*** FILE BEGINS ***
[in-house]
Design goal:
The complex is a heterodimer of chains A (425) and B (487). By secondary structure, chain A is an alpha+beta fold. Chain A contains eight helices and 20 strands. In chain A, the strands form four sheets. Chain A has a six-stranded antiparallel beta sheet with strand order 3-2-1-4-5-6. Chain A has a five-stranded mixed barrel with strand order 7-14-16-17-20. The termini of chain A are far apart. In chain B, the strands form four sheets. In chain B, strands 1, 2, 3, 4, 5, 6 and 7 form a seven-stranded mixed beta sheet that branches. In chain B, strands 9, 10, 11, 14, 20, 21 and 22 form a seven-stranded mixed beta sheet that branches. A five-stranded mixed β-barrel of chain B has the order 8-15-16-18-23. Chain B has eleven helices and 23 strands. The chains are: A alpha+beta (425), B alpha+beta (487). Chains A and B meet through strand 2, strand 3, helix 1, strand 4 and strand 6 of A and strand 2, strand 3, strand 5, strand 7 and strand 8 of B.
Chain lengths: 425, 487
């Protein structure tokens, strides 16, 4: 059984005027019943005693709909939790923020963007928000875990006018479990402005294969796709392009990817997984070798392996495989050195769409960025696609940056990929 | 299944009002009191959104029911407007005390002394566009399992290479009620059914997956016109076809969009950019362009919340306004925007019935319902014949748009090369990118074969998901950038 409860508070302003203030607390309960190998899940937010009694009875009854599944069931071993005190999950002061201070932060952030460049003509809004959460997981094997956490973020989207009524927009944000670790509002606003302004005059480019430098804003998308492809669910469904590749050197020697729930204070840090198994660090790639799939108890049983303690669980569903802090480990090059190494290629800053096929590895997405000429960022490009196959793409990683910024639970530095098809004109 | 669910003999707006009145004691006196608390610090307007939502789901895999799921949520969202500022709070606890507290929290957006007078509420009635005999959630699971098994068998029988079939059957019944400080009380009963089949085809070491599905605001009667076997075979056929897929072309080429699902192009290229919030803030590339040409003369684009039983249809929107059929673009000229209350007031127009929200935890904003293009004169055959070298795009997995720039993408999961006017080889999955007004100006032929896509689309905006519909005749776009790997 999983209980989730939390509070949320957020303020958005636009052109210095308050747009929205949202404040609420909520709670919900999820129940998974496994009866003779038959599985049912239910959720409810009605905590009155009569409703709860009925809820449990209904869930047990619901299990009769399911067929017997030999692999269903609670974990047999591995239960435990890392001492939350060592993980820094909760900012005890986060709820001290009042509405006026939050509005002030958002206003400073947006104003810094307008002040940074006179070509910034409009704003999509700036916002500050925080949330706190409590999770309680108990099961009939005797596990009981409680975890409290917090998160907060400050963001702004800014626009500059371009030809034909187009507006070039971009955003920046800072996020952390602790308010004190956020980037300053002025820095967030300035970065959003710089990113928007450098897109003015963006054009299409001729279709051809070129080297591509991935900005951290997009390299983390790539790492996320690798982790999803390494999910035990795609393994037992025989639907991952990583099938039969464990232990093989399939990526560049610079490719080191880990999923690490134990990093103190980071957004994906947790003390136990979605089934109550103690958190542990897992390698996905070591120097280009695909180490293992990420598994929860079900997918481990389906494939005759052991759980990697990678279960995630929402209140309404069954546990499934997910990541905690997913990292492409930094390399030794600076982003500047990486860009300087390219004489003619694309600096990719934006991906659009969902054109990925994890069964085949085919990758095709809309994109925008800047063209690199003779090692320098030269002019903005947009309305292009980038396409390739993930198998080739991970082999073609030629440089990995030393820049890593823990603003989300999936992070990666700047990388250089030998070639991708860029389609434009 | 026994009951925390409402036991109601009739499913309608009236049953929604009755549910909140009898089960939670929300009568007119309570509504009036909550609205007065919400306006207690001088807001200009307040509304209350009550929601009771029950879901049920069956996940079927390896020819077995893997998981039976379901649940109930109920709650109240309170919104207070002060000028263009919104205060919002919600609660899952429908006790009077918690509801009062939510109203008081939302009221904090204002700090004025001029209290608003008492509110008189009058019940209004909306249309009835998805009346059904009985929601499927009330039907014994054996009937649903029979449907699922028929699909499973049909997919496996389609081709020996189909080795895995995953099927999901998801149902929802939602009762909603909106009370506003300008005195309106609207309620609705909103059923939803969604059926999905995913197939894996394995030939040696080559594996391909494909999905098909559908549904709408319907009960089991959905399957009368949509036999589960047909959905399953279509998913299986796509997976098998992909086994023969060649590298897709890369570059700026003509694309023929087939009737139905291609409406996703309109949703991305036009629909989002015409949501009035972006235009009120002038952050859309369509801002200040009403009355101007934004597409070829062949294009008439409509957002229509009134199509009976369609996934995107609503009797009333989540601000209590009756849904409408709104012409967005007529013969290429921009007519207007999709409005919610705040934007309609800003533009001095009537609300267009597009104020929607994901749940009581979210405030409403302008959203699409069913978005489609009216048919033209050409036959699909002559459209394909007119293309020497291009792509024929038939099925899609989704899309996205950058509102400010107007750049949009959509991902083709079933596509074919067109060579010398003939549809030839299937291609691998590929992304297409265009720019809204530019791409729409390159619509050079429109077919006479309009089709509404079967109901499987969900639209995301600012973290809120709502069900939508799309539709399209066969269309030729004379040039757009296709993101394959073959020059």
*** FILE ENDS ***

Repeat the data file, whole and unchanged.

[in-house]
Design goal:
The complex is a heterodimer of chains A (425) and B (487). By secondary structure, chain A is an alpha+beta fold. Chain A contains eight helices and 20 strands. In chain A, the strands form four sheets. Chain A has a six-stranded antiparallel beta sheet with strand order 3-2-1-4-5-6. Chain A has a five-stranded mixed barrel with strand order 7-14-16-17-20. The termini of chain A are far apart. In chain B, the strands form four sheets. In chain B, strands 1, 2, 3, 4, 5, 6 and 7 form a seven-stranded mixed beta sheet that branches. In chain B, strands 9, 10, 11, 14, 20, 21 and 22 form a seven-stranded mixed beta sheet that branches. A five-stranded mixed β-barrel of chain B has the order 8-15-16-18-23. Chain B has eleven helices and 23 strands. The chains are: A alpha+beta (425), B alpha+beta (487). Chains A and B meet through strand 2, strand 3, helix 1, strand 4 and strand 6 of A and strand 2, strand 3, strand 5, strand 7 and strand 8 of B.
Chain lengths: 425, 487
């Protein structure tokens, strides 16, 4: 059984005027019943005693709909939790923020963007928000875990006018479990402005294969796709392009990817997984070798392996495989050195769409960025696609940056990929 | 299944009002009191959104029911407007005390002394566009399992290479009620059914997956016109076809969009950019362009919340306004925007019935319902014949748009090369990118074969998901950038 409860508070302003203030607390309960190998899940937010009694009875009854599944069931071993005190999950002061201070932060952030460049003509809004959460997981094997956490973020989207009524927009944000670790509002606003302004005059480019430098804003998308492809669910469904590749050197020697729930204070840090198994660090790639799939108890049983303690669980569903802090480990090059190494290629800053096929590895997405000429960022490009196959793409990683910024639970530095098809004109 | 669910003999707006009145004691006196608390610090307007939502789901895999799921949520969202500022709070606890507290929290957006007078509420009635005999959630699971098994068998029988079939059957019944400080009380009963089949085809070491599905605001009667076997075979056929897929072309080429699902192009290229919030803030590339040409003369684009039983249809929107059929673009000229209350007031127009929200935890904003293009004169055959070298795009997995720039993408999961006017080889999955007004100006032929896509689309905006519909005749776009790997 999983209980989730939390509070949320957020303020958005636009052109210095308050747009929205949202404040609420909520709670919900999820129940998974496994009866003779038959599985049912239910959720409810009605905590009155009569409703709860009925809820449990209904869930047990619901299990009769399911067929017997030999692999269903609670974990047999591995239960435990890392001492939350060592993980820094909760900012005890986060709820001290009042509405006026939050509005002030958002206003400073947006104003810094307008002040940074006179070509910034409009704003999509700036916002500050925080949330706190409590999770309680108990099961009939005797596990009981409680975890409290917090998160907060400050963001702004800014626009500059371009030809034909187009507006070039971009955003920046800072996020952390602790308010004190956020980037300053002025820095967030300035970065959003710089990113928007450098897109003015963006054009299409001729279709051809070129080297591509991935900005951290997009390299983390790539790492996320690798982790999803390494999910035990795609393994037992025989639907991952990583099938039969464990232990093989399939990526560049610079490719080191880990999923690490134990990093103190980071957004994906947790003390136990979605089934109550103690958190542990897992390698996905070591120097280009695909180490293992990420598994929860079900997918481990389906494939005759052991759980990697990678279960995630929402209140309404069954546990499934997910990541905690997913990292492409930094390399030794600076982003500047990486860009300087390219004489003619694309600096990719934006991906659009969902054109990925994890069964085949085919990758095709809309994109925008800047063209690199003779090692320098030269002019903005947009309305292009980038396409390739993930198998080739991970082999073609030629440089990995030393820049890593823990603003989300999936992070990666700047990388250089030998070639991708860029389609434009 | 026994009951925390409402036991109601009739499913309608009236049953929604009755549910909140009898089960939670929300009568007119309570509504009036909550609205007065919400306006207690001088807001200009307040509304209350009550929601009771029950879901049920069956996940079927390896020819077995893997998981039976379901649940109930109920709650109240309170919104207070002060000028263009919104205060919002919600609660899952429908006790009077918690509801009062939510109203008081939302009221904090204002700090004025001029209290608003008492509110008189009058019940209004909306249309009835998805009346059904009985929601499927009330039907014994054996009937649903029979449907699922028929699909499973049909997919496996389609081709020996189909080795895995995953099927999901998801149902929802939602009762909603909106009370506003300008005195309106609207309620609705909103059923939803969604059926999905995913197939894996394995030939040696080559594996391909494909999905098909559908549904709408319907009960089991959905399957009368949509036999589960047909959905399953279509998913299986796509997976098998992909086994023969060649590298897709890369570059700026003509694309023929087939009737139905291609409406996703309109949703991305036009629909989002015409949501009035972006235009009120002038952050859309369509801002200040009403009355101007934004597409070829062949294009008439409509957002229509009134199509009976369609996934995107609503009797009333989540601000209590009756849904409408709104012409967005007529013969290429921009007519207007999709409005919610705040934007309609800003533009001095009537609300267009597009104020929607994901749940009581979210405030409403302008959203699409069913978005489609009216048919033209050409036959699909002559459209394909007119293309020497291009792509024929038939099925899609989704899309996205950058509102400010107007750049949009959509991902083709079933596509074919067109060579010398003939549809030839299937291609691998590929992304297409265009720019809204530019791409729409390159619509050079429109077919006479309009089709509404079967109901499987969900639209995301600012973290809120709502069900939508799309539709399209066969269309030729004379040039757009296709993101394959073959020059």